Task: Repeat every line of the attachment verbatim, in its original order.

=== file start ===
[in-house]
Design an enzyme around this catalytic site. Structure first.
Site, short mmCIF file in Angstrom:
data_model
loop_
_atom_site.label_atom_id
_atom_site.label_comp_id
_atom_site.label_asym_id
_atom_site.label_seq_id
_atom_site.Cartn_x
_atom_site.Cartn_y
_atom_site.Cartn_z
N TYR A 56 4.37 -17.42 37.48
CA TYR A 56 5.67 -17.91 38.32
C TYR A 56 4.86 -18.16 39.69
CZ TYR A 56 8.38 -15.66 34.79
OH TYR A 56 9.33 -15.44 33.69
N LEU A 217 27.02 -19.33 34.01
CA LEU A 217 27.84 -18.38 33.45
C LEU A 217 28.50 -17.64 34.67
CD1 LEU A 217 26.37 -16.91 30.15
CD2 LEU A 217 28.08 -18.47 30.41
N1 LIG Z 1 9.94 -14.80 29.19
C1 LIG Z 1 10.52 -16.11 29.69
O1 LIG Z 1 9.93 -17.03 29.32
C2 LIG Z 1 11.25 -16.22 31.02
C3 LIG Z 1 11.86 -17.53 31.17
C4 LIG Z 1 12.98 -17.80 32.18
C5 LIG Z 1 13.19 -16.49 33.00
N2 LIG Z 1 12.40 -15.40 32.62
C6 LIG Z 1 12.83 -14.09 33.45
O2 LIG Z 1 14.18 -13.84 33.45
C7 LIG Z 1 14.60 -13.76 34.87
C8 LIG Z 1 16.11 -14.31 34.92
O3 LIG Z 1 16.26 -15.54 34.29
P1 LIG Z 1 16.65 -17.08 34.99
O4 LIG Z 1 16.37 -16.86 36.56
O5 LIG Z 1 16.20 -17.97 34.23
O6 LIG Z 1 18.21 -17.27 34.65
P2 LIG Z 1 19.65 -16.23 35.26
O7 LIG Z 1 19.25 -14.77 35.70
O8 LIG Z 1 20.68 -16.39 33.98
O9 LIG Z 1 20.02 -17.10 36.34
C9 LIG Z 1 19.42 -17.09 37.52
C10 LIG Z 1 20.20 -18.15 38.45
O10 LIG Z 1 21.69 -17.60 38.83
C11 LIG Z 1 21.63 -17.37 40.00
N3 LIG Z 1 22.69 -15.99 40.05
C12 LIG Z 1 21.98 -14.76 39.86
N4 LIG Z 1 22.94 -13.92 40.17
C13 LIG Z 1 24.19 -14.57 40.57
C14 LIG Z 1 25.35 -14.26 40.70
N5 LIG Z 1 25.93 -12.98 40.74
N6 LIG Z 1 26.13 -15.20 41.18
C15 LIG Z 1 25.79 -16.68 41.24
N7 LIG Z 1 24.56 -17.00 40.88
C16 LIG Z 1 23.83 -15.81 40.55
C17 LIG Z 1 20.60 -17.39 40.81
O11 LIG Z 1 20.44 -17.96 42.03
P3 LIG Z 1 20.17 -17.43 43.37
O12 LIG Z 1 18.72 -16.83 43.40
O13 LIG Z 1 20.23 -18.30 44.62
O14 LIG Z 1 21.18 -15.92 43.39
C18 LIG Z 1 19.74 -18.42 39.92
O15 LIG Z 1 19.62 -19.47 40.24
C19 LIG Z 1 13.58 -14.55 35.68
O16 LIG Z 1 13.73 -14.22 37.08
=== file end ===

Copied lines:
[in-house]
Design an enzyme around this catalytic site. Structure first.
Site, short mmCIF file in Angstrom:
data_model
loop_
_atom_site.label_atom_id
_atom_site.label_comp_id
_atom_site.label_asym_id
_atom_site.label_seq_id
_atom_site.Cartn_x
_atom_site.Cartn_y
_atom_site.Cartn_z
N TYR A 56 4.37 -17.42 37.48
CA TYR A 56 5.67 -17.91 38.32
C TYR A 56 4.86 -18.16 39.69
CZ TYR A 56 8.38 -15.66 34.79
OH TYR A 56 9.33 -15.44 33.69
N LEU A 217 27.02 -19.33 34.01
CA LEU A 217 27.84 -18.38 33.45
C LEU A 217 28.50 -17.64 34.67
CD1 LEU A 217 26.37 -16.91 30.15
CD2 LEU A 217 28.08 -18.47 30.41
N1 LIG Z 1 9.94 -14.80 29.19
C1 LIG Z 1 10.52 -16.11 29.69
O1 LIG Z 1 9.93 -17.03 29.32
C2 LIG Z 1 11.25 -16.22 31.02
C3 LIG Z 1 11.86 -17.53 31.17
C4 LIG Z 1 12.98 -17.80 32.18
C5 LIG Z 1 13.19 -16.49 33.00
N2 LIG Z 1 12.40 -15.40 32.62
C6 LIG Z 1 12.83 -14.09 33.45
O2 LIG Z 1 14.18 -13.84 33.45
C7 LIG Z 1 14.60 -13.76 34.87
C8 LIG Z 1 16.11 -14.31 34.92
O3 LIG Z 1 16.26 -15.54 34.29
P1 LIG Z 1 16.65 -17.08 34.99
O4 LIG Z 1 16.37 -16.86 36.56
O5 LIG Z 1 16.20 -17.97 34.23
O6 LIG Z 1 18.21 -17.27 34.65
P2 LIG Z 1 19.65 -16.23 35.26
O7 LIG Z 1 19.25 -14.77 35.70
O8 LIG Z 1 20.68 -16.39 33.98
O9 LIG Z 1 20.02 -17.10 36.34
C9 LIG Z 1 19.42 -17.09 37.52
C10 LIG Z 1 20.20 -18.15 38.45
O10 LIG Z 1 21.69 -17.60 38.83
C11 LIG Z 1 21.63 -17.37 40.00
N3 LIG Z 1 22.69 -15.99 40.05
C12 LIG Z 1 21.98 -14.76 39.86
N4 LIG Z 1 22.94 -13.92 40.17
C13 LIG Z 1 24.19 -14.57 40.57
C14 LIG Z 1 25.35 -14.26 40.70
N5 LIG Z 1 25.93 -12.98 40.74
N6 LIG Z 1 26.13 -15.20 41.18
C15 LIG Z 1 25.79 -16.68 41.24
N7 LIG Z 1 24.56 -17.00 40.88
C16 LIG Z 1 23.83 -15.81 40.55
C17 LIG Z 1 20.60 -17.39 40.81
O11 LIG Z 1 20.44 -17.96 42.03
P3 LIG Z 1 20.17 -17.43 43.37
O12 LIG Z 1 18.72 -16.83 43.40
O13 LIG Z 1 20.23 -18.30 44.62
O14 LIG Z 1 21.18 -15.92 43.39
C18 LIG Z 1 19.74 -18.42 39.92
O15 LIG Z 1 19.62 -19.47 40.24
C19 LIG Z 1 13.58 -14.55 35.68
O16 LIG Z 1 13.73 -14.22 37.08